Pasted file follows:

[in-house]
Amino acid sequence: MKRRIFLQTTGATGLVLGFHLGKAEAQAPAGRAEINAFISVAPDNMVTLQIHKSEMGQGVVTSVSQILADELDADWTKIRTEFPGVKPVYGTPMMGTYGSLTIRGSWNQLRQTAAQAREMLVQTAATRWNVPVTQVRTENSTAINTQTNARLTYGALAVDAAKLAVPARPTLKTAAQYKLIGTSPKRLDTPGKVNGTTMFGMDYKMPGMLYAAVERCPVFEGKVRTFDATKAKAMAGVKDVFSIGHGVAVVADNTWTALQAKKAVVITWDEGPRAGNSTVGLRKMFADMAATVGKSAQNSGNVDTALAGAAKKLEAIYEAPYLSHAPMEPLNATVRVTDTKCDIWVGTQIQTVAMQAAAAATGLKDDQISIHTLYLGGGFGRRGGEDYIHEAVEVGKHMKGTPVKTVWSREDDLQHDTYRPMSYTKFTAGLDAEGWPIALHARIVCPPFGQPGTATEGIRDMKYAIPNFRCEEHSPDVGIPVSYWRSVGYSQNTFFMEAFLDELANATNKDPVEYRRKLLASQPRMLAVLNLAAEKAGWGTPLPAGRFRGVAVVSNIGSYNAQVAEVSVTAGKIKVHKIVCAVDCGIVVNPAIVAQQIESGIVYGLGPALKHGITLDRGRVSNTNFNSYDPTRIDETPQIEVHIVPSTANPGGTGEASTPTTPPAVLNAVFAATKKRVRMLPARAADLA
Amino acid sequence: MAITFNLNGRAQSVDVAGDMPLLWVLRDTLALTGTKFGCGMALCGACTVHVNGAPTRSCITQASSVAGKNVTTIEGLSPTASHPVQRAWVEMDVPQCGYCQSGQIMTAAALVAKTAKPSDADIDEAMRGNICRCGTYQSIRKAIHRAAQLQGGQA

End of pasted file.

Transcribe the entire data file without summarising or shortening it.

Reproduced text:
[in-house]
Amino acid sequence: MKRRIFLQTTGATGLVLGFHLGKAEAQAPAGRAEINAFISVAPDNMVTLQIHKSEMGQGVVTSVSQILADELDADWTKIRTEFPGVKPVYGTPMMGTYGSLTIRGSWNQLRQTAAQAREMLVQTAATRWNVPVTQVRTENSTAINTQTNARLTYGALAVDAAKLAVPARPTLKTAAQYKLIGTSPKRLDTPGKVNGTTMFGMDYKMPGMLYAAVERCPVFEGKVRTFDATKAKAMAGVKDVFSIGHGVAVVADNTWTALQAKKAVVITWDEGPRAGNSTVGLRKMFADMAATVGKSAQNSGNVDTALAGAAKKLEAIYEAPYLSHAPMEPLNATVRVTDTKCDIWVGTQIQTVAMQAAAAATGLKDDQISIHTLYLGGGFGRRGGEDYIHEAVEVGKHMKGTPVKTVWSREDDLQHDTYRPMSYTKFTAGLDAEGWPIALHARIVCPPFGQPGTATEGIRDMKYAIPNFRCEEHSPDVGIPVSYWRSVGYSQNTFFMEAFLDELANATNKDPVEYRRKLLASQPRMLAVLNLAAEKAGWGTPLPAGRFRGVAVVSNIGSYNAQVAEVSVTAGKIKVHKIVCAVDCGIVVNPAIVAQQIESGIVYGLGPALKHGITLDRGRVSNTNFNSYDPTRIDETPQIEVHIVPSTANPGGTGEASTPTTPPAVLNAVFAATKKRVRMLPARAADLA
Amino acid sequence: MAITFNLNGRAQSVDVAGDMPLLWVLRDTLALTGTKFGCGMALCGACTVHVNGAPTRSCITQASSVAGKNVTTIEGLSPTASHPVQRAWVEMDVPQCGYCQSGQIMTAAALVAKTAKPSDADIDEAMRGNICRCGTYQSIRKAIHRAAQLQGGQA